Team Blogsmindfulness of birds

One of the things I love about my home in Scotland is the birds. The little birds that come to feed on sunflower seeds and peanuts outside my kitchen window. The crows cawing in the tall trees as I practice in the morning. The starlings that roll across the sky in their flocks. The birds of prey swooping through the woods as I walk the dogs. The heron sitting in the wall of the pool and the noisy oystercatchers at the beach. And the swallows and swifts with their acrobatic elegance, signalling the coming and going of the summer.

As I write this I recognise that there are more birds in my life than I realise! I notice many of them and rejoice when I find them in their usual and in unusual places. In my mind they all have their individual characters.

On the train down to Manchester and when I am in the city, I like to look at the sky. I feel the sense of space above me, and I like to watch the birds flying there. Watching them fly gives me a sense of freedom.

Coldplay often sing about this freedom of the birds to fly. Songs I love.

I am reminded of this quote from the Sadhana of Mahamudra:

‘Good and bad, happy and sad, all thoughts vanish into emptiness like the imprint of a bird in the sky’

That sounds like freedom to me.

My father was a bird watcher. He volunteered for the British Trust of Ornithology. I spent many happy Sundays with him, catching birds in drift nets, measuring their beak and wing lengths, checking their age and gender and placing a little silver ring on their leg.

Although, I am not sure as an adult about the ethics of this research, at the time I loved it. I loved how delicate and perfect the birds were, with their beautiful coloured feathers and their intelligent eyes.

I anthropomorphise all the animals I see, and the insects. I unconsciously project characters onto them all. And I am grateful for this. It adds richness to my life. I see them all as creatures, just like us, with their joys and struggles. Just like us, they have a right to live freely in the world without being imposed upon by us humans.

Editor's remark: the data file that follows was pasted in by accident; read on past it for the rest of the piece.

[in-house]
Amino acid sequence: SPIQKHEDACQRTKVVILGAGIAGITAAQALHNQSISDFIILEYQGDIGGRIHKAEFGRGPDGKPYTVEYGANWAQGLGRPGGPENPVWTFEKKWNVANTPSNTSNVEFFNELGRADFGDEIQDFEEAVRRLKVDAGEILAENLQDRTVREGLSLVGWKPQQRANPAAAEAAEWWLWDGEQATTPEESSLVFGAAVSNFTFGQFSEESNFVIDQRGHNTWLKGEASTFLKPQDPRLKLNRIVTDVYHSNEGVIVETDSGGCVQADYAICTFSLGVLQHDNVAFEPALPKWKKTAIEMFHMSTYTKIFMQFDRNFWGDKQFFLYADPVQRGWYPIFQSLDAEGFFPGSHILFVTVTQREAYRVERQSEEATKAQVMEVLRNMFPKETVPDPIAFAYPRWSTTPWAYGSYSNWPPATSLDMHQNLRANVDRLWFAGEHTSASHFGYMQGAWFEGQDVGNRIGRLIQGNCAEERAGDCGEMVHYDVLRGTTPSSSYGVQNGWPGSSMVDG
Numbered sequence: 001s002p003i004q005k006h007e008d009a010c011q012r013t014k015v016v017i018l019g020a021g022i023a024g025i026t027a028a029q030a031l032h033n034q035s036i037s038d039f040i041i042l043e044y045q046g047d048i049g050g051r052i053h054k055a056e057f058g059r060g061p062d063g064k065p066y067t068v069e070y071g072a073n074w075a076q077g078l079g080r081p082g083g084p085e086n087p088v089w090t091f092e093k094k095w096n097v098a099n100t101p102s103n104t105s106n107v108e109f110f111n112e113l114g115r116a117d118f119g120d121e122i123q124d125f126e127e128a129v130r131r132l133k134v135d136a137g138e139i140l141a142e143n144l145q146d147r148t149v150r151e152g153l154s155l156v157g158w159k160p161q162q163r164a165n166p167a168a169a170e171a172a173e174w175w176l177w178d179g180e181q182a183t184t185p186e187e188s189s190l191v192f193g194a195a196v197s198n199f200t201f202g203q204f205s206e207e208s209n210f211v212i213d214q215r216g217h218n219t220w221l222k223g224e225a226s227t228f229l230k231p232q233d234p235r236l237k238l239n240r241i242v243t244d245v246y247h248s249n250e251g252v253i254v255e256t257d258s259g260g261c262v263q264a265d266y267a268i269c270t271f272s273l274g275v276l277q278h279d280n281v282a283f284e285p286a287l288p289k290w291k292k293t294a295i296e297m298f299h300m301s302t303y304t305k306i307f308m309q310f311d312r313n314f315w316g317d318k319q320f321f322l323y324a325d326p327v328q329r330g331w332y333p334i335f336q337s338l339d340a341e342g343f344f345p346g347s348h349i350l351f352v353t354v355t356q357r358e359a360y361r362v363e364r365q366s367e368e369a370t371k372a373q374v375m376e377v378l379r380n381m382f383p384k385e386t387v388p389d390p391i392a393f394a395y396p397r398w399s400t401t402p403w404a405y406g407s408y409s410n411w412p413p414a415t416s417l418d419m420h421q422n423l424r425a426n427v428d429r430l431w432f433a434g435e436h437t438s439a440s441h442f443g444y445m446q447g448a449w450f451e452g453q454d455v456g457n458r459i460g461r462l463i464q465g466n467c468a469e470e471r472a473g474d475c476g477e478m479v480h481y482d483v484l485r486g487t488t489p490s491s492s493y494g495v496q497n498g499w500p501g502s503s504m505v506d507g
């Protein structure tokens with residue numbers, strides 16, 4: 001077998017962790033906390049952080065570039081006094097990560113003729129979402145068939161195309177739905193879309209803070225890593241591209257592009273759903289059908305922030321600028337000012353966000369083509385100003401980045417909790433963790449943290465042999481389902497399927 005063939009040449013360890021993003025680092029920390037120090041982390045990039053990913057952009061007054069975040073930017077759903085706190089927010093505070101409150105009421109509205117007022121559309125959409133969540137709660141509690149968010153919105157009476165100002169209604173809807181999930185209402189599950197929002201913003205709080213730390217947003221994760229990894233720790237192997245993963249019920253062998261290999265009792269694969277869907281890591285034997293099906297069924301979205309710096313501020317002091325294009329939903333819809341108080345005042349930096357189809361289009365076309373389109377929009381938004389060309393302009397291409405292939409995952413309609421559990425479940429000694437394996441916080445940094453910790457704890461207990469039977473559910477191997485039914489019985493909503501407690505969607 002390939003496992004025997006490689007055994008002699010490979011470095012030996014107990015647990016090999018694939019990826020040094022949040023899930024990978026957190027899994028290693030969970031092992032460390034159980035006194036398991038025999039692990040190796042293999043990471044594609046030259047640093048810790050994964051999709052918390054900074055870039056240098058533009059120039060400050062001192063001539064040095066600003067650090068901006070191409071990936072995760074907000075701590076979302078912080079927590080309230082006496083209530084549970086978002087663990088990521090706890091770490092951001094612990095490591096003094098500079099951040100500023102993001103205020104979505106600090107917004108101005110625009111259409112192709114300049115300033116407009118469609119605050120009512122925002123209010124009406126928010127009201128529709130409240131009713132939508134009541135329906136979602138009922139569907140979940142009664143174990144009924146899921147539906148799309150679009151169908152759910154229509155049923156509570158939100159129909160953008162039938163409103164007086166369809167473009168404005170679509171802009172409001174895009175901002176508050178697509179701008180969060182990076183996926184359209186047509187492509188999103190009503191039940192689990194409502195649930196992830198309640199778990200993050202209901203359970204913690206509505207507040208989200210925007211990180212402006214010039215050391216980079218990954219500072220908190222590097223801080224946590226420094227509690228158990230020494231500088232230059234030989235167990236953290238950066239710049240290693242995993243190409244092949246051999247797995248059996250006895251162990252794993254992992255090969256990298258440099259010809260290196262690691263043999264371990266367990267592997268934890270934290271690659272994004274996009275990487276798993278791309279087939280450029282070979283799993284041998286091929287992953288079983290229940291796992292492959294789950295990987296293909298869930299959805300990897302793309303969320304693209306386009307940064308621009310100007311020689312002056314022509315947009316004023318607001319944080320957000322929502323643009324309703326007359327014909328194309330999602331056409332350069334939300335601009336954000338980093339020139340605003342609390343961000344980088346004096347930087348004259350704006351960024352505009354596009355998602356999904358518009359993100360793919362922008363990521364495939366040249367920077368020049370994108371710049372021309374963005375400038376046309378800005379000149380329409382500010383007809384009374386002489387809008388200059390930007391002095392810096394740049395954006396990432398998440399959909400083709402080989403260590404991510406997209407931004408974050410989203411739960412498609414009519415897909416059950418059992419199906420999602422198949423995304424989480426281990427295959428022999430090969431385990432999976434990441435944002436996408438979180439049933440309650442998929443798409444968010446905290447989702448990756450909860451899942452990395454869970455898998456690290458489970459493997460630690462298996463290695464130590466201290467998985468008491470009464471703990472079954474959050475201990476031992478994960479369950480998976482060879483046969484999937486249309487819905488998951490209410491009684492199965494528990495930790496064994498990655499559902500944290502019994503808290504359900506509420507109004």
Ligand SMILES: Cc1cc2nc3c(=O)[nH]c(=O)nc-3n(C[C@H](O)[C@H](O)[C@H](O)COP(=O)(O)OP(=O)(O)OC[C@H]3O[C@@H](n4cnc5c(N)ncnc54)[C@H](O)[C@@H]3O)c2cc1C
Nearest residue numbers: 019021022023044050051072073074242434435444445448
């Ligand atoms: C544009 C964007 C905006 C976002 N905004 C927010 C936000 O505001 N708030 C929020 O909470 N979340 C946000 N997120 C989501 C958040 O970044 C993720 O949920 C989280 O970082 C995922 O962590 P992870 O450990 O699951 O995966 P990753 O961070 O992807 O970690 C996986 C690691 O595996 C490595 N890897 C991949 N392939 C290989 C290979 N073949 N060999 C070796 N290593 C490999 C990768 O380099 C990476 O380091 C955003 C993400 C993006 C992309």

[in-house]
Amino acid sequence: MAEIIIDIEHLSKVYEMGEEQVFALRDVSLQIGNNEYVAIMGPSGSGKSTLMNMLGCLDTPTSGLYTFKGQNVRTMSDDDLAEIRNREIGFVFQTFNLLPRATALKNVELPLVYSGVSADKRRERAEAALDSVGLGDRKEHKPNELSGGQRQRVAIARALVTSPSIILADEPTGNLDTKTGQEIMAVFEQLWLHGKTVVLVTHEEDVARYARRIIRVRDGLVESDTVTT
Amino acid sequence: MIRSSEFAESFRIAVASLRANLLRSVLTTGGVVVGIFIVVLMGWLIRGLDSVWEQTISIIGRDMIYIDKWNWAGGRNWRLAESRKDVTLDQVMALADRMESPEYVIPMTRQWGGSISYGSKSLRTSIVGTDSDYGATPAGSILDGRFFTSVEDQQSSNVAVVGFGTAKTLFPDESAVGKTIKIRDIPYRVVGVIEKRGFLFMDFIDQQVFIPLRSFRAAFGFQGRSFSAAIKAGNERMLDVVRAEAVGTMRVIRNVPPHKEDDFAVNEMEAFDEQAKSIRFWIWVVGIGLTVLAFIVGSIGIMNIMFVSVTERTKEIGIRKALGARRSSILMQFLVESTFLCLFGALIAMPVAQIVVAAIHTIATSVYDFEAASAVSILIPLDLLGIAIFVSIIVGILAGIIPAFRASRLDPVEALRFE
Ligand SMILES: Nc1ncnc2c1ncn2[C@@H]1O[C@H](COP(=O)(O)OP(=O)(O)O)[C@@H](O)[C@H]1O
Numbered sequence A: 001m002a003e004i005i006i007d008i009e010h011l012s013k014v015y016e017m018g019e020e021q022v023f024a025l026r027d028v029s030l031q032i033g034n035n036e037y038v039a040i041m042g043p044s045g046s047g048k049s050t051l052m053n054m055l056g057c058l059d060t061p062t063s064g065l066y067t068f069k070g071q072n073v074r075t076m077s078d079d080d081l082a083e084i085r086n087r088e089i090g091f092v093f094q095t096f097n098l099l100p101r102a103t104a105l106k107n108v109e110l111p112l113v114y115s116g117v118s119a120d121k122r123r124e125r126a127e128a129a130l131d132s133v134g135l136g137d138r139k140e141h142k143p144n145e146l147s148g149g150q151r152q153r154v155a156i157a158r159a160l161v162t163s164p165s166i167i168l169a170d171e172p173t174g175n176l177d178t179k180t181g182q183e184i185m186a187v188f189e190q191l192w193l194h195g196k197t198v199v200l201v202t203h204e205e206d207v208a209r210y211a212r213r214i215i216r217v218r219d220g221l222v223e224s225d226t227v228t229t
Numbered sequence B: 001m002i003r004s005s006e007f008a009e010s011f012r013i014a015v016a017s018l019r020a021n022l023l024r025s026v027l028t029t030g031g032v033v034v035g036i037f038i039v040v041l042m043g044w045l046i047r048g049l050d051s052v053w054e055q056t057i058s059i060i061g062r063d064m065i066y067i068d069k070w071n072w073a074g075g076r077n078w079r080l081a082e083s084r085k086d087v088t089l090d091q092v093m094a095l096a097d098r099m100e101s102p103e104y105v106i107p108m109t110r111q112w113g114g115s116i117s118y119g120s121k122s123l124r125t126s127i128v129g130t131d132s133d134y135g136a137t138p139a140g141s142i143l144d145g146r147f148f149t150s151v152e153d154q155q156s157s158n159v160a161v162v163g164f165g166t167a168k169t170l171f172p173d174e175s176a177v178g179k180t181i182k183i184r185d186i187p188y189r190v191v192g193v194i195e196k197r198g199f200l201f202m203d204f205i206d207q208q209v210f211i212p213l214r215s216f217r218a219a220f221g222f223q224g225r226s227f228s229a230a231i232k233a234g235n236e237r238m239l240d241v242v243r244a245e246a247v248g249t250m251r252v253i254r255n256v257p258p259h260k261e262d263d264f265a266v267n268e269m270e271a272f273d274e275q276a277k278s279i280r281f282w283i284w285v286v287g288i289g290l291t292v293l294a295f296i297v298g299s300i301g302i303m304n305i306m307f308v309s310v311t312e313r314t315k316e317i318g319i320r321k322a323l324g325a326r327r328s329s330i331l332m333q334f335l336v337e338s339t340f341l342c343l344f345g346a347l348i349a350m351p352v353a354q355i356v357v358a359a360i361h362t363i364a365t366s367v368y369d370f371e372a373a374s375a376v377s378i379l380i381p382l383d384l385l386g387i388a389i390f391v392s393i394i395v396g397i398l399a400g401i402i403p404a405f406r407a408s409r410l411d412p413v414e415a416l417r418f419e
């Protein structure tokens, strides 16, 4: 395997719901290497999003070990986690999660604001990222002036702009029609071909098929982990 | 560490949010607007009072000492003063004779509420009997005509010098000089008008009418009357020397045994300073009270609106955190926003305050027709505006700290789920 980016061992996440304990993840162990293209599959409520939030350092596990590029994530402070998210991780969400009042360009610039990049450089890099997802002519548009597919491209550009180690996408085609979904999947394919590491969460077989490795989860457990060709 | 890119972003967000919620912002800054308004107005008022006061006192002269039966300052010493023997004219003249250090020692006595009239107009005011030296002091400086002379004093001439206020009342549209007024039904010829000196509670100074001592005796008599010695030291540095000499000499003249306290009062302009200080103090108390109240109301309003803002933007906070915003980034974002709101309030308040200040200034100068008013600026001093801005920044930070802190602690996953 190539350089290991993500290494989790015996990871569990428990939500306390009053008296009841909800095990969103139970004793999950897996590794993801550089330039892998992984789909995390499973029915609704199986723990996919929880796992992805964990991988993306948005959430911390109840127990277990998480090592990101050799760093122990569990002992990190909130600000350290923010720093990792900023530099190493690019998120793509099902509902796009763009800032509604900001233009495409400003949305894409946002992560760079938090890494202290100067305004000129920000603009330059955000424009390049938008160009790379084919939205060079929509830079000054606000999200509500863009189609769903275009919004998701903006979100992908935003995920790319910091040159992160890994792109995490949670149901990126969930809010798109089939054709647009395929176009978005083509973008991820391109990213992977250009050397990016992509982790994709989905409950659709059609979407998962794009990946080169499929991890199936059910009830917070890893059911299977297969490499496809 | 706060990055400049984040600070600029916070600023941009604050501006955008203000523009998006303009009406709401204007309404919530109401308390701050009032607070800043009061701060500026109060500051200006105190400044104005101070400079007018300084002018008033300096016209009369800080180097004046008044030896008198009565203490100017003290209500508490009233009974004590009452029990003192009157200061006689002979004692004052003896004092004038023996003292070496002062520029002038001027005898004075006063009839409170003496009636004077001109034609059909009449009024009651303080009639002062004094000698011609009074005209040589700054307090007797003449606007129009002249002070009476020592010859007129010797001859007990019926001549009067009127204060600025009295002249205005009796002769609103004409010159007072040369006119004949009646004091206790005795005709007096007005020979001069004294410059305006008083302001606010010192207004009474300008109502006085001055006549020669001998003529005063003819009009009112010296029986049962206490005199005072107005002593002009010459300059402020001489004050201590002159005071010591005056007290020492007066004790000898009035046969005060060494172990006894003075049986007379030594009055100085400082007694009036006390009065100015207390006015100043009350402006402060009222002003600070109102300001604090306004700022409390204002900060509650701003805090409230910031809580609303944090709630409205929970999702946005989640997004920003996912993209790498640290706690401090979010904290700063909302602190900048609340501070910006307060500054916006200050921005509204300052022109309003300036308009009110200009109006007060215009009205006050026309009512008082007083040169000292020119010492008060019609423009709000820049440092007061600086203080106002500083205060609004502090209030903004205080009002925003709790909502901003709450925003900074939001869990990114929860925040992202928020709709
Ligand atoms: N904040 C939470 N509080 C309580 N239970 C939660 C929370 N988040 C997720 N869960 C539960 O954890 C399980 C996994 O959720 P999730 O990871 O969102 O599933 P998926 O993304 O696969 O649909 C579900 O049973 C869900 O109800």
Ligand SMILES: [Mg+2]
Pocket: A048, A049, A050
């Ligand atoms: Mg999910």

I watch the cows and sheep, and just now the calves and lambs, and wish them happiness in the green fields around my home. Before they reach their terrible end.

And then there are my three dogs. Nutmeg, Holly and Daisy, to each of whom I ascribe human attributes. My family talk about their antics like they were human children, assigning motivations to their different human behaviours. I am closest to my dog Nutmeg. So far as I am concerned, she is the very best dog in the world. She is struggling just now, after a stroke like event. She seems not to suffer too much. Her stoic patience is admirable, but I find that her loss of agility is heartbreaking. She was the most amazingly acrobatic and athletic ball catcher in her time. We are doing all we can to support her recovery and giving her all the loving care we can.

So my suggestion this week is to pay attention to all the creatures surrounding us and to rejoice in their lives. Can we find the compassion to see how we can make their environment safer and more conducive to their happiness? From rescuing the spider in the bath, to taking care of our pets. Can we notice all the little creatures with whom we share our lives. Can we make it an opportunity for a mindful moment, a moment for gratitude and appreciation and a moment for compassionate action, if there is something we can do to help.

I hope you have a lovely week full of creatures to marvel at. Notice the birds and the imprint they make in the sky. Recognise that our thoughts – however troubling they may be – are no more solid than this.

Kind Wishes